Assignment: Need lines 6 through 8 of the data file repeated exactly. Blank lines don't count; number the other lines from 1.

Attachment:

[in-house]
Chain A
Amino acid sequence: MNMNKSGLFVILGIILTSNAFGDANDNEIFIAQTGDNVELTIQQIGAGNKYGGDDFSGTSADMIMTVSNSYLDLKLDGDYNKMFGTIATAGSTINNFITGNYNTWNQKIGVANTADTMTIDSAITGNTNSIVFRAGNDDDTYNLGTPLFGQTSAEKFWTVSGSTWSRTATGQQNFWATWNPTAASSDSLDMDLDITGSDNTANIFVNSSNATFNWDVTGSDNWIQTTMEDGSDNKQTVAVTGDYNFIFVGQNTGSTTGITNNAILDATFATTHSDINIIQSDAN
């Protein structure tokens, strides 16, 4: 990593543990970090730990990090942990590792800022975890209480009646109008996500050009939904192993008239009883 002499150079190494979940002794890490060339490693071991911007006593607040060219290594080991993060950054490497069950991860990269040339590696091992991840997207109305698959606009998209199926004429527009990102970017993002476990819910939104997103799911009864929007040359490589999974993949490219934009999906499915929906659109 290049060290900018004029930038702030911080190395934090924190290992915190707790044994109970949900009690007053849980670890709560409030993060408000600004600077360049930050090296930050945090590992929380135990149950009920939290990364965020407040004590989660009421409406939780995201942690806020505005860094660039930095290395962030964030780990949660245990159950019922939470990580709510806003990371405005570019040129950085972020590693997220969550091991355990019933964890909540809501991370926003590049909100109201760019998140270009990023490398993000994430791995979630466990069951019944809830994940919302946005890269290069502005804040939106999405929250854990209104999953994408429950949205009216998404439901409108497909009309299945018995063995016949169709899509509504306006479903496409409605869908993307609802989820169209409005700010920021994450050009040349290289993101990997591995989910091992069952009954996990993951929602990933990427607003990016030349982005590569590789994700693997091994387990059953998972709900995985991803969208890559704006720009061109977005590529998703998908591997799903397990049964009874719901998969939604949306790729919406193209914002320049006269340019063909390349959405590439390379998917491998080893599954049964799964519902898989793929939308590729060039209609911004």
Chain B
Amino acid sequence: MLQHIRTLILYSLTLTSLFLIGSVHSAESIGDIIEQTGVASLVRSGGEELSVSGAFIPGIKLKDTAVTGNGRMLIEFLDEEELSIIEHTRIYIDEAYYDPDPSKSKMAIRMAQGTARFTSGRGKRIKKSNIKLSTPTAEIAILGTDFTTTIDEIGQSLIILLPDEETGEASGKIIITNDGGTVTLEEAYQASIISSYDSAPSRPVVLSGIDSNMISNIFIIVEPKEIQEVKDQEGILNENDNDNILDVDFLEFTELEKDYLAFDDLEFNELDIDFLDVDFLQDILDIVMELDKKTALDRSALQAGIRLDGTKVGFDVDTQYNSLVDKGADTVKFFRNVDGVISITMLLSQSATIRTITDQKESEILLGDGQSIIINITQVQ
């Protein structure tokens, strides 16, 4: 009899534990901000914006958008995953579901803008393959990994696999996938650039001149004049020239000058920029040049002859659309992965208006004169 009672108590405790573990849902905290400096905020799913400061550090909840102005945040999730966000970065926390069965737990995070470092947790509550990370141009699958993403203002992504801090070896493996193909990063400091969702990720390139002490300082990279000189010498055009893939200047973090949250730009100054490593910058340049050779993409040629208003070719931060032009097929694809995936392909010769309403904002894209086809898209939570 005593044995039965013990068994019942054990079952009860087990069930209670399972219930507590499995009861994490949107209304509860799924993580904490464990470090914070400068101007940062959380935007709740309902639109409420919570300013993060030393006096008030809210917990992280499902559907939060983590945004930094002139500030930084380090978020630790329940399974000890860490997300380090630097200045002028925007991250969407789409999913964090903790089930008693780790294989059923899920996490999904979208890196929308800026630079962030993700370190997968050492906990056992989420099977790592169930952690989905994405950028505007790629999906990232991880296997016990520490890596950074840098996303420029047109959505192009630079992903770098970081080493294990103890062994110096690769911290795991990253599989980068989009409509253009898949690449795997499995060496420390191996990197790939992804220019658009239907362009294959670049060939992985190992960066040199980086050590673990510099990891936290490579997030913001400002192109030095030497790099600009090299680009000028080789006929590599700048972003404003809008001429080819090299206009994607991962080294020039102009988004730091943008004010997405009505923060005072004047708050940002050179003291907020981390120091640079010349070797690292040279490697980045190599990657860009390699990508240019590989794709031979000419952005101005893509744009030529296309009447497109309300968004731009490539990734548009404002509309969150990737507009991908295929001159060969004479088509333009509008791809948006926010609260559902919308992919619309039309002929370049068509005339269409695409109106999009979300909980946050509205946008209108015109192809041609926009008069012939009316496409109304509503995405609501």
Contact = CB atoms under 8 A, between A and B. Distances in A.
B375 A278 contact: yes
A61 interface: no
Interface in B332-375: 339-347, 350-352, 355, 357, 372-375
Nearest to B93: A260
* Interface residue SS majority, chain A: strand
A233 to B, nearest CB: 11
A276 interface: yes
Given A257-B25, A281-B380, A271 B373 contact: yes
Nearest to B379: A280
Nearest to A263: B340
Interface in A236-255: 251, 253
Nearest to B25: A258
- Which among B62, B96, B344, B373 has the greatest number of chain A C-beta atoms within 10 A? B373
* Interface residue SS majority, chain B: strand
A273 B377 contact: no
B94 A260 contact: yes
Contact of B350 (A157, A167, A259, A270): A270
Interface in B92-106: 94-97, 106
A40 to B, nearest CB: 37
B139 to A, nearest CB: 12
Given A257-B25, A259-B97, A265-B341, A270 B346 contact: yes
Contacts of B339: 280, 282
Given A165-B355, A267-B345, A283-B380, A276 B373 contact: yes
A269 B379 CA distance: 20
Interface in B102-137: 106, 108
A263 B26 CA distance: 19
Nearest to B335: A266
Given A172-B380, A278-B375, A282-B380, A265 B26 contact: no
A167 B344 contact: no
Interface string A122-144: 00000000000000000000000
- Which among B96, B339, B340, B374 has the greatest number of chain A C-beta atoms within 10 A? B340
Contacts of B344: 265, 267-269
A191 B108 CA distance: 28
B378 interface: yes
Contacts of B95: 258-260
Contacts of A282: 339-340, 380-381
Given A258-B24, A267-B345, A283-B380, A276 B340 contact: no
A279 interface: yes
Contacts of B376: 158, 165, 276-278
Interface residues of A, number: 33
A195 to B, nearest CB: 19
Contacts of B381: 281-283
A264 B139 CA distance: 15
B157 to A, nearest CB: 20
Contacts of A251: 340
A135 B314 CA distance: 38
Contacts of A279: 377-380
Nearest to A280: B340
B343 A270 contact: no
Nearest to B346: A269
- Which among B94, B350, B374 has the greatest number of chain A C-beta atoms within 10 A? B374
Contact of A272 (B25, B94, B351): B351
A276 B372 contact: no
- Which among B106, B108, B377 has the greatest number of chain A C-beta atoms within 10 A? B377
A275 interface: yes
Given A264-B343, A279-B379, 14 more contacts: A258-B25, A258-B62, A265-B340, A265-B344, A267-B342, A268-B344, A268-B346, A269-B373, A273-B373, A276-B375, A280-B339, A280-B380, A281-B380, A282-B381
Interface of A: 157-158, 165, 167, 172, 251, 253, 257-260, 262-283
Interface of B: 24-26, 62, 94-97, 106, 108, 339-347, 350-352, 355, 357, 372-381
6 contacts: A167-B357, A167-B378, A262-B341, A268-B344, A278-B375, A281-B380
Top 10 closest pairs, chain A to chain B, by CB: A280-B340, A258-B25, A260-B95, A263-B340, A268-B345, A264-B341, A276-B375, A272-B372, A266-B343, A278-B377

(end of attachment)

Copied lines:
Amino acid sequence: MLQHIRTLILYSLTLTSLFLIGSVHSAESIGDIIEQTGVASLVRSGGEELSVSGAFIPGIKLKDTAVTGNGRMLIEFLDEEELSIIEHTRIYIDEAYYDPDPSKSKMAIRMAQGTARFTSGRGKRIKKSNIKLSTPTAEIAILGTDFTTTIDEIGQSLIILLPDEETGEASGKIIITNDGGTVTLEEAYQASIISSYDSAPSRPVVLSGIDSNMISNIFIIVEPKEIQEVKDQEGILNENDNDNILDVDFLEFTELEKDYLAFDDLEFNELDIDFLDVDFLQDILDIVMELDKKTALDRSALQAGIRLDGTKVGFDVDTQYNSLVDKGADTVKFFRNVDGVISITMLLSQSATIRTITDQKESEILLGDGQSIIINITQVQ
């Protein structure tokens, strides 16, 4: 009899534990901000914006958008995953579901803008393959990994696999996938650039001149004049020239000058920029040049002859659309992965208006004169 009672108590405790573990849902905290400096905020799913400061550090909840102005945040999730966000970065926390069965737990995070470092947790509550990370141009699958993403203002992504801090070896493996193909990063400091969702990720390139002490300082990279000189010498055009893939200047973090949250730009100054490593910058340049050779993409040629208003070719931060032009097929694809995936392909010769309403904002894209086809898209939570 005593044995039965013990068994019942054990079952009860087990069930209670399972219930507590499995009861994490949107209304509860799924993580904490464990470090914070400068101007940062959380935007709740309902639109409420919570300013993060030393006096008030809210917990992280499902559907939060983590945004930094002139500030930084380090978020630790329940399974000890860490997300380090630097200045002028925007991250969407789409999913964090903790089930008693780790294989059923899920996490999904979208890196929308800026630079962030993700370190997968050492906990056992989420099977790592169930952690989905994405950028505007790629999906990232991880296997016990520490890596950074840098996303420029047109959505192009630079992903770098970081080493294990103890062994110096690769911290795991990253599989980068989009409509253009898949690449795997499995060496420390191996990197790939992804220019658009239907362009294959670049060939992985190992960066040199980086050590673990510099990891936290490579997030913001400002192109030095030497790099600009090299680009000028080789006929590599700048972003404003809008001429080819090299206009994607991962080294020039102009988004730091943008004010997405009505923060005072004047708050940002050179003291907020981390120091640079010349070797690292040279490697980045190599990657860009390699990508240019590989794709031979000419952005101005893509744009030529296309009447497109309300968004731009490539990734548009404002509309969150990737507009991908295929001159060969004479088509333009509008791809948006926010609260559902919308992919619309039309002929370049068509005339269409695409109106999009979300909980946050509205946008209108015109192809041609926009008069012939009316496409109304509503995405609501």
Contact = CB atoms under 8 A, between A and B. Distances in A.